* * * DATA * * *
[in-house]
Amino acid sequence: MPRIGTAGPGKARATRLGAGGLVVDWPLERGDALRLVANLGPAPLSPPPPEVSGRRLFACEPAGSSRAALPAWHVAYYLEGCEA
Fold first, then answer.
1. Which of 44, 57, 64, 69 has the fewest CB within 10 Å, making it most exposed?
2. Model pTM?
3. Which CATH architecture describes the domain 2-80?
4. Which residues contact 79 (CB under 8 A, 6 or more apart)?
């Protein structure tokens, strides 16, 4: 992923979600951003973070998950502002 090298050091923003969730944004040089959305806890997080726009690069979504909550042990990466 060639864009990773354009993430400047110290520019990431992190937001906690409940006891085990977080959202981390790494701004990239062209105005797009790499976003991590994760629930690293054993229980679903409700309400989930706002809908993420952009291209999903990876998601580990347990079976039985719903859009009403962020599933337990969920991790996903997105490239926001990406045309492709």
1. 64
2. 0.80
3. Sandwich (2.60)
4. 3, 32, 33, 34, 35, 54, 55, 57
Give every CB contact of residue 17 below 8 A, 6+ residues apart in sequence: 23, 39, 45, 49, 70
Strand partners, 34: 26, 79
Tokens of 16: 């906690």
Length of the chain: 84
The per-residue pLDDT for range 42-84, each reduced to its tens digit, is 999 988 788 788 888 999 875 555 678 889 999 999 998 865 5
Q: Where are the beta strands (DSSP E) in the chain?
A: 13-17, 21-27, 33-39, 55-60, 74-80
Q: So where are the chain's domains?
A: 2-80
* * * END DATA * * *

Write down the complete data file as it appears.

[in-house]
Amino acid sequence: MPRIGTAGPGKARATRLGAGGLVVDWPLERGDALRLVANLGPAPLSPPPPEVSGRRLFACEPAGSSRAALPAWHVAYYLEGCEA
Fold first, then answer.
1. Which of 44, 57, 64, 69 has the fewest CB within 10 Å, making it most exposed?
2. Model pTM?
3. Which CATH architecture describes the domain 2-80?
4. Which residues contact 79 (CB under 8 A, 6 or more apart)?
């Protein structure tokens, strides 16, 4: 992923979600951003973070998950502002 090298050091923003969730944004040089959305806890997080726009690069979504909550042990990466 060639864009990773354009993430400047110290520019990431992190937001906690409940006891085990977080959202981390790494701004990239062209105005797009790499976003991590994760629930690293054993229980679903409700309400989930706002809908993420952009291209999903990876998601580990347990079976039985719903859009009403962020599933337990969920991790996903997105490239926001990406045309492709």
1. 64
2. 0.80
3. Sandwich (2.60)
4. 3, 32, 33, 34, 35, 54, 55, 57
Give every CB contact of residue 17 below 8 A, 6+ residues apart in sequence: 23, 39, 45, 49, 70
Strand partners, 34: 26, 79
Tokens of 16: 């906690």
Length of the chain: 84
The per-residue pLDDT for range 42-84, each reduced to its tens digit, is 999 988 788 788 888 999 875 555 678 889 999 999 998 865 5
Q: Where are the beta strands (DSSP E) in the chain?
A: 13-17, 21-27, 33-39, 55-60, 74-80
Q: So where are the chain's domains?
A: 2-80